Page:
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November 6, 2012 5:02 pm

Ed Koch on Resisting Sheldon Adelson’s Arguments in Favor of Backing Romney (EXCLUSIVE INTERVIEW Part 4)

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Former New York City Mayor Ed Koch aboard the guided missile cruiser USS Lake Champlain. Photo: wiki commons.

A political fixture in New York, former Mayor Ed Koch, now 87 years old, has remarkably created new relevance for himself in recent years through vocal activism on national and local issues, most notably centered around President Obama and his relationship with Israel, which is perceived by many to be hostile. Koch was among the President’s most outspoken critics in the early part of his presidency but has since come round to back the President. In an exclusive interview with The Algemeiner days before today’s presidential election, Mr. Koch addressed a number of pressing issues that are of enhanced interest and concern to Jewish voters.

The interview will be published in five separate parts, divided according to subject. The fourth installment below, focuses on political reform and attempts by Democrats and Republicans to recruit him for their campaign efforts. Part 1 of the interview can be read here, part 2 can be read here, and part 3 can be read here.

AJ:  Despite the different things that you’re dealing with, you’ve remained quite significantly active, especially politically.  Why do you still get involved? I mean, as opposed to – some people in your position might say, ‘Look, I’ve done this all my life.  I just want to relax and take it easy.’  So what motivates you now?

EK: I don’t like to be bored.  There is no profession that is as exciting as public events, being involved in the political affairs of the city, the state and the country.  I enjoy it.  If I enjoy it why should I stop, as long as I’m mentally and physically capable of making what I hope are considered to be major positive contributions?

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AJ:  So how do you pick issues to advocate for and to get involved in?  When do you decide this is not for me?  How do you make that decision?

EK: Well, I believe, I believe the most important thing for people to turn to after this election is a constitutional amendment limiting the amount of money you can give to a candidate and the amount of money that a candidate can spend.  The Times reported this week that the two campaigns of Romney and Obama will be spending six billion dollars for this presidential campaign.  That is an obscenity.  And it can only be corrected as a result of the Supreme Court’s decision on campaign financing.  It can only be corrected with a constitutional amendment.  So I’d like to be involved in that.

AJ:  What do you feel the damage of that is?  Why is it a bad thing to spend so much?

EK: The damage is that people can buy elections.

AJ:  But it works on both sides.  Both sides can bring in as much as they want, so shouldn’t that even out?

EK: Oh, really? A, it’s criminal that so much money is spent in that way, and B, it isn’t always the case that both sides can bring in an equal or comparable amount of money.  I just think that what we should do is emulate, if possible, the British system which has a five-week election – five weeks – and limits the amounts of money that can be spent, I mean, to an extent far more in limitation than the U.S.  I am for a constitutional amendment to do that here.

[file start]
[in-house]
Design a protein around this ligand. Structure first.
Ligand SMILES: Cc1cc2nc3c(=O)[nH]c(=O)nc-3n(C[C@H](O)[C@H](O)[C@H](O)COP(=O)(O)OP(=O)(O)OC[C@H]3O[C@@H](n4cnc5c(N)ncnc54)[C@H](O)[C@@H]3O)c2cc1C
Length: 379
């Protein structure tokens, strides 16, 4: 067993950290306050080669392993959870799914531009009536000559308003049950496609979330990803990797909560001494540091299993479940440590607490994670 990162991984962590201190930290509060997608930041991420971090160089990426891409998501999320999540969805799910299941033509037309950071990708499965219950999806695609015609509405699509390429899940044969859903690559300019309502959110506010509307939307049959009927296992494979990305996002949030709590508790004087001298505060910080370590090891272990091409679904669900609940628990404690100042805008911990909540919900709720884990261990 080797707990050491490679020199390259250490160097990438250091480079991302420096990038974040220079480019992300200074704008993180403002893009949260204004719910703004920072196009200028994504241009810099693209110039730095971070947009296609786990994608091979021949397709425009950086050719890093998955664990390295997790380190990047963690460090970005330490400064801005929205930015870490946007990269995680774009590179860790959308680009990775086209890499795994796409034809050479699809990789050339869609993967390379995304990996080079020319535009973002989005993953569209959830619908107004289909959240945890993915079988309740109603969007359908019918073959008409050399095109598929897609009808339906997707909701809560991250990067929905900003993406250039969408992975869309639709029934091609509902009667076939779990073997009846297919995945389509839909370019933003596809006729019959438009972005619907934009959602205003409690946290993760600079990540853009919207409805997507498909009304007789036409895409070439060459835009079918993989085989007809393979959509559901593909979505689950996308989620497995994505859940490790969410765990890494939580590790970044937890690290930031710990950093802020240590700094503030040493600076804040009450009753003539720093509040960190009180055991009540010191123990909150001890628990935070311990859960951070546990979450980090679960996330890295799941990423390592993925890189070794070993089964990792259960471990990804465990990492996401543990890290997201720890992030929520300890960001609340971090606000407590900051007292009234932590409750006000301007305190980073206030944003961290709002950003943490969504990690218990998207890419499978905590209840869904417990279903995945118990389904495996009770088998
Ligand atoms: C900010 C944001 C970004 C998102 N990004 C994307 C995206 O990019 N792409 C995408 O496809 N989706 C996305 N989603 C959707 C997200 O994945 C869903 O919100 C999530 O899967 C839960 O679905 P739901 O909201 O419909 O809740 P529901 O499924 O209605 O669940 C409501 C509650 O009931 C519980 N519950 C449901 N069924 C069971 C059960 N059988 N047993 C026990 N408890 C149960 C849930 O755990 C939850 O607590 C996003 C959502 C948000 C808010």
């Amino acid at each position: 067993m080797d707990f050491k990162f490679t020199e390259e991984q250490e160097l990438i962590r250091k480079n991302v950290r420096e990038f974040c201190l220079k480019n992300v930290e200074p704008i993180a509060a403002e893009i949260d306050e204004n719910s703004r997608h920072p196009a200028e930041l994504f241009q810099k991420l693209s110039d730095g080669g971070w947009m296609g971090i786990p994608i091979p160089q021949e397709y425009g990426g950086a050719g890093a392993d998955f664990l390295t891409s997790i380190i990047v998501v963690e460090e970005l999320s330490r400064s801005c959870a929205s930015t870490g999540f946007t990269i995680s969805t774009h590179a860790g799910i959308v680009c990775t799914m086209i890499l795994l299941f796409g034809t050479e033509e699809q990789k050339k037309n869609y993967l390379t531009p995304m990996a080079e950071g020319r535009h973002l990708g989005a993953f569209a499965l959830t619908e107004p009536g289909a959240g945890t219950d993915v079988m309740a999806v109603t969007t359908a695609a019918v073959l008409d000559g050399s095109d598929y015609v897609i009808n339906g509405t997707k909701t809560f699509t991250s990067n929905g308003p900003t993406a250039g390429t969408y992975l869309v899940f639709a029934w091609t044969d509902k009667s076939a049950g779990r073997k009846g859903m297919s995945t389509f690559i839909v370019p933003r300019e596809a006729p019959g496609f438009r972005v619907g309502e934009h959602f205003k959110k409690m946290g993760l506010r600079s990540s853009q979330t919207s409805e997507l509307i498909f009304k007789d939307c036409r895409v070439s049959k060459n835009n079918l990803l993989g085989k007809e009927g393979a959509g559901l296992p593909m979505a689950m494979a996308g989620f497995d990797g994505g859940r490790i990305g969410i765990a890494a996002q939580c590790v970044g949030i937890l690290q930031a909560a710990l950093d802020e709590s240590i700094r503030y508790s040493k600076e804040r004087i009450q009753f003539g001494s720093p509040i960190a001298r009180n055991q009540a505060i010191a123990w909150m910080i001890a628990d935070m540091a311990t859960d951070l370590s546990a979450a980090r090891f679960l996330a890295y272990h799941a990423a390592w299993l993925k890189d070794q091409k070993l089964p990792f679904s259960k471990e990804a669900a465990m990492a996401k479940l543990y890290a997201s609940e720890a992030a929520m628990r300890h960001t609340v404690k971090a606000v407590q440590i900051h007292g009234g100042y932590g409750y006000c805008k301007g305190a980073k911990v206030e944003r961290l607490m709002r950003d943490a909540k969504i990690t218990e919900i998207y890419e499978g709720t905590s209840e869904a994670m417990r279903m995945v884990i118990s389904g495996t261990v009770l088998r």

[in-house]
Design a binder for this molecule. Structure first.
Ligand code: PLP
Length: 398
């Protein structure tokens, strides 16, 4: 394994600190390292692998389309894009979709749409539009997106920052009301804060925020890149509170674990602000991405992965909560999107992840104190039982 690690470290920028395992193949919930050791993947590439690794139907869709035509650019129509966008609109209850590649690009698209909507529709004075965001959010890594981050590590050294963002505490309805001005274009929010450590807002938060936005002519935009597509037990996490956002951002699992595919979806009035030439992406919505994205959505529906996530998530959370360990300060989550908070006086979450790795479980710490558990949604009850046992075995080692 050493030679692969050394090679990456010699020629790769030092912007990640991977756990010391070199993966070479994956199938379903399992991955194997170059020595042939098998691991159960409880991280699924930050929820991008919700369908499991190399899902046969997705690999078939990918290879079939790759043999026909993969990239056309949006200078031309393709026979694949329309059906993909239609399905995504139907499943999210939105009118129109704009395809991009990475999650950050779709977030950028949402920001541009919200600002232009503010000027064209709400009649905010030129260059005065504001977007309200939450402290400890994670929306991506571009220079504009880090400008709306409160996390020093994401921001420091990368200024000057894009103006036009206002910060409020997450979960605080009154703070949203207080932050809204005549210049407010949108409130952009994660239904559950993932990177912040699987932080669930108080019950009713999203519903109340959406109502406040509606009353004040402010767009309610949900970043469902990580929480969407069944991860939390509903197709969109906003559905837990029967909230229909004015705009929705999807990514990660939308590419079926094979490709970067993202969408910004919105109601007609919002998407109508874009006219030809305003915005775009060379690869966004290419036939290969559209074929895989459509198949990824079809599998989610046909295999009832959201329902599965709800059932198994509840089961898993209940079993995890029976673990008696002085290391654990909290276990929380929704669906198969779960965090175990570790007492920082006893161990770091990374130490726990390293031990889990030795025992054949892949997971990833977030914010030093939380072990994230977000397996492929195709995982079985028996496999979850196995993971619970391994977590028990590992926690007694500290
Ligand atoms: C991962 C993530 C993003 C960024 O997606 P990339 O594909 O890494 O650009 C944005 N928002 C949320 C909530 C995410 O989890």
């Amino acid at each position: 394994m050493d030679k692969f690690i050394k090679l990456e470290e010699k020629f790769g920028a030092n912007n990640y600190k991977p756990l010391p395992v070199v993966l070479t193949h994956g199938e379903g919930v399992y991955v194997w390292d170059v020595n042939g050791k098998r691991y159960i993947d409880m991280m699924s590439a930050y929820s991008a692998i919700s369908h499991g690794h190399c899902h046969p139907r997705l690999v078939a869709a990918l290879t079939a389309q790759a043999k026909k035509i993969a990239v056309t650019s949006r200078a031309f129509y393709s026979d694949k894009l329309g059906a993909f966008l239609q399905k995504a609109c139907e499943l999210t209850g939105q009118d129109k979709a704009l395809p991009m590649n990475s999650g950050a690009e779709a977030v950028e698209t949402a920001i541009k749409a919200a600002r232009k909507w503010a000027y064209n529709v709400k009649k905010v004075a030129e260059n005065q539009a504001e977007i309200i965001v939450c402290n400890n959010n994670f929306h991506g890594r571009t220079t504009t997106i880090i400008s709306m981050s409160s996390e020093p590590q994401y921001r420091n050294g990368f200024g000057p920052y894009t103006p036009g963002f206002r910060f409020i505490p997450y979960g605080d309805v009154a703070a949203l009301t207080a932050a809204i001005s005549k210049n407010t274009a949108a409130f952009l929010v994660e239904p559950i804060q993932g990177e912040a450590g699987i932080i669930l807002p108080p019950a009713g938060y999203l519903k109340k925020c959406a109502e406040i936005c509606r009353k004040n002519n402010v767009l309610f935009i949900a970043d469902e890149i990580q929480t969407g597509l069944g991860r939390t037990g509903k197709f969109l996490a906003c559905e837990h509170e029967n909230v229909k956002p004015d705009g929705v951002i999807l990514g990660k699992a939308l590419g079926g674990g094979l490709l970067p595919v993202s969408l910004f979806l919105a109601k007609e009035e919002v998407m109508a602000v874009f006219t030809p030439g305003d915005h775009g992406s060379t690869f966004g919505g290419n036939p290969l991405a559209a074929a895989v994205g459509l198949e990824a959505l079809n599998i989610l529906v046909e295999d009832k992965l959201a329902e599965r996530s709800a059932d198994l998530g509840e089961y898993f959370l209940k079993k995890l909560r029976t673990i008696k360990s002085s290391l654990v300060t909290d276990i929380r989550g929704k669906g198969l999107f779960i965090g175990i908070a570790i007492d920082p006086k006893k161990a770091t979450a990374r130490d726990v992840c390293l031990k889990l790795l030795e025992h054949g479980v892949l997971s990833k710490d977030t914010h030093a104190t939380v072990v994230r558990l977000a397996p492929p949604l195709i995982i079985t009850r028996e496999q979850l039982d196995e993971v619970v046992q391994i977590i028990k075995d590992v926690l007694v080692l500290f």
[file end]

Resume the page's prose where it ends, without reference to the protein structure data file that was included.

AJ:  There’s been a lot of talk about – with this major election coming up – the different sides trying to recruit you to campaign.  I saw a piece in the New York Times about Sheldon Adelson approaching you.

EK: Yeah, he did.  Correct.

AJ:  What happened there and why did you decline?

EK: Sheldon Adelson, his office called up and asked if I would see him.  He was in New York City.  I said, ‘Of course.’  I never met him before, but I’ve read about him.  He came up and was a very charming guy.  He came up with his wife.  Take this as a quote.  He said, “I am told that you are the only person in America that can make it possible for Romney to win by winning in Florida.”  And I said, “Don’t be ridiculous.”  He said, “That’s what I’ve been told.”  I said, “Firstly, I don’t want him to win in Florida.  I want Obama to win.”  And I listened to him, and I didn’t try to persuade him that he was wrong in his position on Obama, because he’s not persuadable.  I’m not persuadable.  My mind is made up.  His mind is made up.  So we just talked in general and, once again, I liked his direct manner; he’s a very direct guy.

AJ:  I understand the Obama campaign also asked you to get involved, actually to stump for them.  Is that right?

EK: And I did.  I did.  I did a commercial which they’re playing in Florida and other states.  I looked at it this afternoon; they sent me a copy of it, because they did a wonderful job in putting in images of Obama as I’m talking – things that he said and did – that made the commercial extraordinary.  I’m very proud of it.

AJ:  Did Mr. Adelson attempt to convince you to vote for Mitt Romney?

EK: Yes, but I said it’s ridiculous.  I said, ‘I believe you’re wrong with respect to Obama’s positions, because you think he’s hostile to Israel; he’s not in my judgment,’ and I gave him the reasons why.  His speech at the U.N. was the most supportive speech by an American president of Israel in the history of the U.N.

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